By helping patients experience “healthier, more appropriately functional” brainwave patterns, the patient’s brain can learn to emulate these patterns, and eventually, produce these patterns without the assistance of external stimuli.

When combined with neurofeedback, neuromodulation has shown to be clinically highly effective.  

How Does Neurofeedback Therapy Compare to Drug-Based Treatments?

Traumatic brain injury and other severe conditions are challenging to treat. As with many health issues, medication is often the first choice for patients. However, drug-based treatments are not always effective and carry the risks of unwanted side effects.

Selecting the proper medication sometimes can involve the frustrations of trial and error of different drugs.  Additionally, depending on the disorder, once a patient stops taking the medication, symptoms of the disorder may resurface.

Neurofeedback, on the other hand, tends to provide long-lasting improvement.

Is Neurofeedback Safe?

Neurofeedback therapy is a safe and effective treatment for a variety of disorders, including mild traumatic brain injury.

The Drake Institute takes the utmost care in developing proper treatment protocols for each patient. We have utilized neurofeedback technology for over 40 years in creating effective treatment protocols for our patients.

We help patients achieve symptom relief, minimizing the need for prescription medications.

Contact The Drake Institute Today!

For long-term improvement without medications or invasive procedures, contact the Drake Institute today by calling 800-700-4233 or fill out the free consultation form below.


Contact Us Today

To get the help you or a loved one needs, call now to schedule your no-cost screening consultation.

dr david velkoff headshot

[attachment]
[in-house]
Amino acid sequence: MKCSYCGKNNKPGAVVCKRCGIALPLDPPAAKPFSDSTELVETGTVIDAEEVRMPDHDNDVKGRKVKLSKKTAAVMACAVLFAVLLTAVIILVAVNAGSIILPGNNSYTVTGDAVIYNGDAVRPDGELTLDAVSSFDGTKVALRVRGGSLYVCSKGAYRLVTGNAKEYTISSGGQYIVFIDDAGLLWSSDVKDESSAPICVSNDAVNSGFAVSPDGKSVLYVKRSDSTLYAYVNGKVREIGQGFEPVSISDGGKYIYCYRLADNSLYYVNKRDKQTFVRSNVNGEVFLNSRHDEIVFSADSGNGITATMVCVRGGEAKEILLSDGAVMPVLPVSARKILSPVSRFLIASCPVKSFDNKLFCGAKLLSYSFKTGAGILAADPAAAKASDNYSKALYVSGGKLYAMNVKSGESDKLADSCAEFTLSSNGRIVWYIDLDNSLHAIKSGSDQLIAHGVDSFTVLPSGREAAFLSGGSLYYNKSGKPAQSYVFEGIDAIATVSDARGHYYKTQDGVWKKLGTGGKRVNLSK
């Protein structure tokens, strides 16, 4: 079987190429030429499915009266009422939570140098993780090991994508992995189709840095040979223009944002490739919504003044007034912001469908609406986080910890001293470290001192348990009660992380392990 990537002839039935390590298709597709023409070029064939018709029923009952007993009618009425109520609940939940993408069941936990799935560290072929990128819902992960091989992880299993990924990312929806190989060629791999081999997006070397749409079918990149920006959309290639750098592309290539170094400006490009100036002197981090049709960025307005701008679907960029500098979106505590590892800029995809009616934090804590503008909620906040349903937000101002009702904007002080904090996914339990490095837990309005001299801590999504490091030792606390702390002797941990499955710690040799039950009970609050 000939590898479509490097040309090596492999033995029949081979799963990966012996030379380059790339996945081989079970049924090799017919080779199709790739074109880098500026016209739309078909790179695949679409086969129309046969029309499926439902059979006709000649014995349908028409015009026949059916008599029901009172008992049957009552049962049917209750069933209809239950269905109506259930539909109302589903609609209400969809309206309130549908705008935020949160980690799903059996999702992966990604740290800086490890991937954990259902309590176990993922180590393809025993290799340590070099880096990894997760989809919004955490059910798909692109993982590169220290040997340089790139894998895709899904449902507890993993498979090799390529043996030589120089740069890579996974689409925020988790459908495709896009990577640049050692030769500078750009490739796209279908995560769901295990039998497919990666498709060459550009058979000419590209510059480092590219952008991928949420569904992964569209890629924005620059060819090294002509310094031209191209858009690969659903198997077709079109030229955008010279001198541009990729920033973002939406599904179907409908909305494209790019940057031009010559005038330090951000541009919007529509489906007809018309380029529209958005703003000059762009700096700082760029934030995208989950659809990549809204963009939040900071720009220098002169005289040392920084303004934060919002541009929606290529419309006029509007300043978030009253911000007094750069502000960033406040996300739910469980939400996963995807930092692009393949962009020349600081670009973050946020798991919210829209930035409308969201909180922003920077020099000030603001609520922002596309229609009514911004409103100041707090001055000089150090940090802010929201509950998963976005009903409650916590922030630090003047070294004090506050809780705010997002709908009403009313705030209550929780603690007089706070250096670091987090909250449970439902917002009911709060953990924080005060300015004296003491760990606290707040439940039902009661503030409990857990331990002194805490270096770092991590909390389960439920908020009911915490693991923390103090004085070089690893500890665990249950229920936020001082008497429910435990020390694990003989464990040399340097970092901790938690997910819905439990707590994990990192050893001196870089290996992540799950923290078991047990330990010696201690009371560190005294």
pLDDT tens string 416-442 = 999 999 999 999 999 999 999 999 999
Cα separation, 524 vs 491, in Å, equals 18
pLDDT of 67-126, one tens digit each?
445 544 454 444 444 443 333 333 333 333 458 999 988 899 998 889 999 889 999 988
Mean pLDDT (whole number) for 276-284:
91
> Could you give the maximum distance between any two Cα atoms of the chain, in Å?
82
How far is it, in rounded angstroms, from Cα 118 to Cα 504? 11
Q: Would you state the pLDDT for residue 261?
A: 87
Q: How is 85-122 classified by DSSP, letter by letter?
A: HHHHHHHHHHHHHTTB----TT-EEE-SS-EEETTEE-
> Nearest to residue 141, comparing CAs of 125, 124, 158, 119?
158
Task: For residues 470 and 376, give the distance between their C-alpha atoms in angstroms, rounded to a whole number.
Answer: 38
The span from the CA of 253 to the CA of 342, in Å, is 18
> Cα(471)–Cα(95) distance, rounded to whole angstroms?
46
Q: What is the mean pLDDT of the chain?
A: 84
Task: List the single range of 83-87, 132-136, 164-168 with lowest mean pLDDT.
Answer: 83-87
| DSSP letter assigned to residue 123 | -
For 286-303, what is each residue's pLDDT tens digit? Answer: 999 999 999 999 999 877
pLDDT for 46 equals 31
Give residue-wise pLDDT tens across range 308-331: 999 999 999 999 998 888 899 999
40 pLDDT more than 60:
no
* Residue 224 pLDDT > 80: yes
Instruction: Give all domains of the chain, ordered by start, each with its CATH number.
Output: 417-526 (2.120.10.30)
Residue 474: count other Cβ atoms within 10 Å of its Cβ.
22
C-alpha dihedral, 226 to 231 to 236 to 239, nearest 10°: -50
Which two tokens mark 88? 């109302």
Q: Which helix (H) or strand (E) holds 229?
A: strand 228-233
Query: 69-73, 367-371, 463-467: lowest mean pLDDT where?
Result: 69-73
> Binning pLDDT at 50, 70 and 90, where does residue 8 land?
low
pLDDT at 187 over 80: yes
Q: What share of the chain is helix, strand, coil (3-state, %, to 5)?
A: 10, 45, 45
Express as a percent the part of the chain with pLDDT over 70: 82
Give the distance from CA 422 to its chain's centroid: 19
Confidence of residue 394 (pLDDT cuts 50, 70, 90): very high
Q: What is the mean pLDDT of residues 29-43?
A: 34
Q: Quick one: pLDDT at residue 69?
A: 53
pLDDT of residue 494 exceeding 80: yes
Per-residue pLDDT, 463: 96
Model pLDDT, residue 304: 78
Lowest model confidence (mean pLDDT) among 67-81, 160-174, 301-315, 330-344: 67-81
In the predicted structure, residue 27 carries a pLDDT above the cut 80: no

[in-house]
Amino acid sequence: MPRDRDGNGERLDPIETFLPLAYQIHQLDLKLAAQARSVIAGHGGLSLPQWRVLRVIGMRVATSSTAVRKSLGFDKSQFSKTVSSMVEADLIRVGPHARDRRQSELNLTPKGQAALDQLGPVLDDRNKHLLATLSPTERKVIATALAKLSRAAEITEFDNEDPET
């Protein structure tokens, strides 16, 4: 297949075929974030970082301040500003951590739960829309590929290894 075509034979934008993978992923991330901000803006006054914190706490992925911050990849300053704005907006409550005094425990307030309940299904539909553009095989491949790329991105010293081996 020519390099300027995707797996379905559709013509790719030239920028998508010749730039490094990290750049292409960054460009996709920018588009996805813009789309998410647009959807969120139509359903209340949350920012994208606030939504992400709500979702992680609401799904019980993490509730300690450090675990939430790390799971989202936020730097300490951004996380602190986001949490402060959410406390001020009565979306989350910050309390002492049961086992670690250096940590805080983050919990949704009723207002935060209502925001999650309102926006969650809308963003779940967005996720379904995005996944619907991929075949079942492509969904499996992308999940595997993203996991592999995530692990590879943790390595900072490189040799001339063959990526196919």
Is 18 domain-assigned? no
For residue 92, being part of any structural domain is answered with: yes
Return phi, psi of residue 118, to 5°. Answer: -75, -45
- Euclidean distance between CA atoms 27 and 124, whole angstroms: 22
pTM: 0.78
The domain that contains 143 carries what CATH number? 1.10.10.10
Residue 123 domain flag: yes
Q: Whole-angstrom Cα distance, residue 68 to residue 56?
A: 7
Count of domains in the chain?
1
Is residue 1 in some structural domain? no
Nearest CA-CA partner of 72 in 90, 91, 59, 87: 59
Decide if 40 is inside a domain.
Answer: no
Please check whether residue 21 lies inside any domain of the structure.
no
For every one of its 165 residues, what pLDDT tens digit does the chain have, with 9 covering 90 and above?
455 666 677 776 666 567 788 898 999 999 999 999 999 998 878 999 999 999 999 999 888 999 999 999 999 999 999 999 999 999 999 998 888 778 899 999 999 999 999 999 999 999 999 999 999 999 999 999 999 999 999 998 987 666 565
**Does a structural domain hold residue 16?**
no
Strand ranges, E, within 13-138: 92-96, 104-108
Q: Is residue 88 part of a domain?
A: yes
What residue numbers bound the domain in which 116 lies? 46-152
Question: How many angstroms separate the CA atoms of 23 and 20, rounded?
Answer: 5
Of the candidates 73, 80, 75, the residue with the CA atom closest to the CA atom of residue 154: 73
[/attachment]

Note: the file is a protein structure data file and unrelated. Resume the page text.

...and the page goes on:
“David F. Velkoff, M.D., our Medical Director and co-founder, supervises all evaluation procedures and treatment programs. He is recognized as a physician pioneer in using biofeedback, qEEG brain mapping, neurofeedback, and neuromodulation in the treatment of ADHD, Autism Spectrum Disorders, and stress related illnesses including anxiety, depression, insomnia, and high blood pressure. Dr. David Velkoff earned his Master’s degree in Psychology from the California State University at Los Angeles in 1975, and his Doctor of Medicine degree from Emory University School of Medicine in Atlanta in 1976. This was followed by Dr. Velkoff completing his internship in Obstetrics and Gynecology with an elective in Neurology at the University of California Medical Center in Irvine. He then shifted his specialty to Neurophysical Medicine and received his initial training in biofeedback/neurofeedback in Neurophysical Medicine from the leading doctors in the world in biofeedback at the renown Menninger Clinic in Topeka, Kansas. In 1980, he co-founded the Drake Institute of Neurophysical Medicine. Seeking to better understand the link between illness and the mind, Dr. Velkoff served as the clinical director of an international research study on psychoneuroimmunology with the UCLA School of Medicine, Department of Microbiology and Immunology, and the Pasteur Institute in Paris. This was a follow-up study to an earlier clinical collaborative effort with UCLA School of Medicine demonstrating how the Drake Institute's stress treatment resulted in improved immune functioning of natural killer cell activity. Dr. Velkoff served as one of the founding associate editors of the scientific publication, Journal of Neurotherapy. He has been an invited guest lecturer at Los Angeles Children's Hospital, UCLA, Cedars Sinai Medical Center-Thalians Mental Health Center, St. John's Hospital in Santa Monica, California, and CHADD. He has been a medical consultant in Neurophysical Medicine to CNN, National Geographic Channel, Discovery Channel, Univision, and PBS.”